Album Review: The Mountain Goats — ‘Getting Into Knives’

The Mountain Goats — ‘Getting Into Knives,’ out Oct. 23.

The Mountain Goats (erstwhile Iowan John Darnielle with Peter Hughes, Matt Douglas and Jon Wurster) are indie folk legends of their own design, led largely by Darnielle’s singular and incessant creative churnings. Getting Into Knives, the Mountain Goats’ 19th studio album (and second of 2020) was recorded in less than a week at the beginning of March. It’s out today, Oct. 23, on Merge Records.

The set begins a little listlessly, emerging first with the near-rockabilly of “Corsican Mastiff Stride” before sliding into the Hammond B-3 organ drones and saxophones of the impossibly ironic “Get Famous.”

On “Picture of My Dress,” Darnielle writes as a recently divorced woman traveling through the Southwest, taking pictures of herself in her wedding dress. As she notes: “I only wore it once.” This strummer is quintessential Mountain Goats music, as everyday-operatic and damn clever as it gets.

“Tidal Wave” sees Darnielle wielding these then-heavy, now-prophetic lines:

It’s not the barnacles that do all the damage
Figure this out too late
It’s not the destination that makes the difference
It’s the freight

Everything becomes a blur from six feet away
Get used to this
Every card ever turned over remains in place
Get used to this

If the first seven songs are the spine of the knife of this album, the following six surely are the blade. The mood morphs into something else here. Sheep crop up often. Fish, rats and wolves do too. It’s a subdued musical affair, with sparse arrangements heavy on piano, but there’s a sinister note in Darnielle’s yowl that seems to melodically embody these many days of American malaise. Humor here is of the sad-laugh variety. In “Rat Queen,” Darnielle imagines a “victory sweet as the dregs of the fast food dumpster.” And if you are looking for further evidence of Darnielle as what Rolling Stone called “rock’s finest storyteller,” you will find it in the closing title track:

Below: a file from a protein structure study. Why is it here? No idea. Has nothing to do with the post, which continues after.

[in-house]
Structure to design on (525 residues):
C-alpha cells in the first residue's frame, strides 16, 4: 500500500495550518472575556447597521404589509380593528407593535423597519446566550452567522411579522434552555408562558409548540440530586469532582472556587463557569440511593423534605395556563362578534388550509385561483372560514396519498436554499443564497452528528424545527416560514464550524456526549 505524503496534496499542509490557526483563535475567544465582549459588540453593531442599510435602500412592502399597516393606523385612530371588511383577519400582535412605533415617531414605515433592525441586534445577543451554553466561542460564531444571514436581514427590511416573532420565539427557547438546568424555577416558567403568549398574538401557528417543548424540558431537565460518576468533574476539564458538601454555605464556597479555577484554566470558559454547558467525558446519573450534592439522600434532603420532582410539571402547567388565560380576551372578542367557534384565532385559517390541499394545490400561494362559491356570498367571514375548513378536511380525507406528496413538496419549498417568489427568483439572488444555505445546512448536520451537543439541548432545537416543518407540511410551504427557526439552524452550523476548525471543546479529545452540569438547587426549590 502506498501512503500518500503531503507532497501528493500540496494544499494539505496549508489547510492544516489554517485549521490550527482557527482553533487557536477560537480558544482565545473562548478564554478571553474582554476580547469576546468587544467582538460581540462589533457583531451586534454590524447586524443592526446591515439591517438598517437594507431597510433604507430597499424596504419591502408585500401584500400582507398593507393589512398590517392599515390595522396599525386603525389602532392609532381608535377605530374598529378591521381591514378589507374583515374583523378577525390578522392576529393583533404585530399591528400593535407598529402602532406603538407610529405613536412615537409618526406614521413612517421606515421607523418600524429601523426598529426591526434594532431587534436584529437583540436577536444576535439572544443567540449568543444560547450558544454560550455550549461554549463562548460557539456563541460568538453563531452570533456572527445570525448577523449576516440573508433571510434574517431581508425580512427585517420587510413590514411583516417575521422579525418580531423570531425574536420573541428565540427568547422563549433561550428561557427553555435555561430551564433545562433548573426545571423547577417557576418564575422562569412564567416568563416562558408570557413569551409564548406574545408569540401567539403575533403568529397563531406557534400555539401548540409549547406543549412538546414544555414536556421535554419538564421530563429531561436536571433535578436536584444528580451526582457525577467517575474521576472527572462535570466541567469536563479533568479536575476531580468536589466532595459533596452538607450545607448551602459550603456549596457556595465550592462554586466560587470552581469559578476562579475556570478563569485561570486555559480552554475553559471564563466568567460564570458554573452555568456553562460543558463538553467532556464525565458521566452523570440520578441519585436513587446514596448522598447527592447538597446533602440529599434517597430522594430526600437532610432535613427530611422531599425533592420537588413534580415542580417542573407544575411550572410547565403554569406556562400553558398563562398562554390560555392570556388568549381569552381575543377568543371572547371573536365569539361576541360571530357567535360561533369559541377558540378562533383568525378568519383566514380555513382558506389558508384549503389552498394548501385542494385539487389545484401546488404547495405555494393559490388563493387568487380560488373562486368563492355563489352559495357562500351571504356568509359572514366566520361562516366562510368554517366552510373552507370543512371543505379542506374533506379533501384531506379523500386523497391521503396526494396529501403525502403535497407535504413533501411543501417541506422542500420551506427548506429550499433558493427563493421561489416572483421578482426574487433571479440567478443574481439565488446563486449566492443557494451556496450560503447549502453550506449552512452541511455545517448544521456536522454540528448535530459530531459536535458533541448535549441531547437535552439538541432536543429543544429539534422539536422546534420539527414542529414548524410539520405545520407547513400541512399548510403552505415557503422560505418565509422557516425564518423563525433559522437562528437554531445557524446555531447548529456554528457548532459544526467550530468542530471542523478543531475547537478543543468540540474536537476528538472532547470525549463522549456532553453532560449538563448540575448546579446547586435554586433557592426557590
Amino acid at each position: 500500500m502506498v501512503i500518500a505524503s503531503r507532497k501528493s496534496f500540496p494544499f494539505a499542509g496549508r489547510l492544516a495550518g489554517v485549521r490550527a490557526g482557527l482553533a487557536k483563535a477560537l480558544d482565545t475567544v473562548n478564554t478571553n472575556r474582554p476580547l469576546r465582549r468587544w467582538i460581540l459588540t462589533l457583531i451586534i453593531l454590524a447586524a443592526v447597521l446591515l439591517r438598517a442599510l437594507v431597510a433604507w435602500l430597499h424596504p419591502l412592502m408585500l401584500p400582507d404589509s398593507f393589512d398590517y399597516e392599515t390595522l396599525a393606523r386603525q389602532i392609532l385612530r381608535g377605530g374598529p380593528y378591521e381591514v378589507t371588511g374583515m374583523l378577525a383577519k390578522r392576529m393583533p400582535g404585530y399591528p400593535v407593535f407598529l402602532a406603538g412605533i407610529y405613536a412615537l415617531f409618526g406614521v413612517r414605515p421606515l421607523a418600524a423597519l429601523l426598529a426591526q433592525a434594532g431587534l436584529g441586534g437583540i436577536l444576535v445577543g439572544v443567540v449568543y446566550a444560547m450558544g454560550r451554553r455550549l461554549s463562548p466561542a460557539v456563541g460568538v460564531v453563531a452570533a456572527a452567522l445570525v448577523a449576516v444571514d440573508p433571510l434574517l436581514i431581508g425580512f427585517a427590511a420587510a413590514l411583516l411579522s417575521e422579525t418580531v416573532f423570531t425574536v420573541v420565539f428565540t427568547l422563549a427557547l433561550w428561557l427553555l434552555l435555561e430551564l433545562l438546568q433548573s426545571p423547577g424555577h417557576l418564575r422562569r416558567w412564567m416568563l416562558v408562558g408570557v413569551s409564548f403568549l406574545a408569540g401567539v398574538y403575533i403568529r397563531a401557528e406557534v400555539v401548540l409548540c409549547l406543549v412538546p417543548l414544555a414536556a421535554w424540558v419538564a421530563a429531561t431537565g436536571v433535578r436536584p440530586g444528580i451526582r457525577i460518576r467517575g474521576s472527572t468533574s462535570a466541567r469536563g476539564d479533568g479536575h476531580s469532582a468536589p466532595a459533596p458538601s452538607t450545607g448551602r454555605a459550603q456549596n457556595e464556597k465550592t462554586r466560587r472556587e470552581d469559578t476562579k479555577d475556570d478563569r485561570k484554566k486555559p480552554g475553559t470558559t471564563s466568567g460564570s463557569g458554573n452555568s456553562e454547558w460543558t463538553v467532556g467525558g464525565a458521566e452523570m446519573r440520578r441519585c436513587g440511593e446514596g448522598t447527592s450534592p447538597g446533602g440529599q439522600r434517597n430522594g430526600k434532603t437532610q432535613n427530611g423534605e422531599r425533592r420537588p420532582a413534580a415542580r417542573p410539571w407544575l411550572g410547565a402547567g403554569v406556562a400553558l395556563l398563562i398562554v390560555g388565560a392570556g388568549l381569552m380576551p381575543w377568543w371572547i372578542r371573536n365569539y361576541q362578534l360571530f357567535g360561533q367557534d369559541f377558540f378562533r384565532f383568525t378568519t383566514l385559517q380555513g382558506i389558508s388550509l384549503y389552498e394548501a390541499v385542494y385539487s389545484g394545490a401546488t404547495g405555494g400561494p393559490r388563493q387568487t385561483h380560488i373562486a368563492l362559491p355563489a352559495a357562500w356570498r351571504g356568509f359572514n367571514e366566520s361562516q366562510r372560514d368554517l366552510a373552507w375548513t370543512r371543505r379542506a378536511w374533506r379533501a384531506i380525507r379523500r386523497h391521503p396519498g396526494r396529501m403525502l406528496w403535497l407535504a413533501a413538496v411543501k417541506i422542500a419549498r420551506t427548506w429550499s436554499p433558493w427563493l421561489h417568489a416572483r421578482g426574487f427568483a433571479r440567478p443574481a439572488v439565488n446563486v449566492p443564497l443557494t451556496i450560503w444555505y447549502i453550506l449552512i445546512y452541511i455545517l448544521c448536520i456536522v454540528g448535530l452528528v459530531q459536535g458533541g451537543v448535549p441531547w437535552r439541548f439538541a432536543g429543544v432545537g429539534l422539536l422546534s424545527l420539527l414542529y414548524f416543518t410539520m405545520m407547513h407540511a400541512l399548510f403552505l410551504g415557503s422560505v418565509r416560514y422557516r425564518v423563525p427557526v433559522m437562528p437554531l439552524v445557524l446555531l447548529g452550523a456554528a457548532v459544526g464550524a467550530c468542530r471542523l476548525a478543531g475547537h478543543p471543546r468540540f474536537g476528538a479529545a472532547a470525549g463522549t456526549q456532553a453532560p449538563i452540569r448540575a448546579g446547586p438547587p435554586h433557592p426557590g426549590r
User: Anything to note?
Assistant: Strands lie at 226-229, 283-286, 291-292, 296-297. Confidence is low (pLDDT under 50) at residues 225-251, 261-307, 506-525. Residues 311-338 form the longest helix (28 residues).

I sought wisdom from the sages
Consulted with master tacticians
Met up with some guys who wouldn’t tell me their last names
They specialized in non-conventional munitions

These 13 songs aren’t overtly working towards some planned-upon concept like 2015’s Beat the Champ about professional wrestling or 2019’s In League with Dragons about Dungeons & Dragons. Admonitions against the rifts of tribalism are here, though. So are dark visions of freedom as paranoia made manifest. That might be all the concept we have room left for this year.

If that’s the case, the Mountain Goats have got it about right: Getting into knives is a hell of a lot easier than getting out of them.

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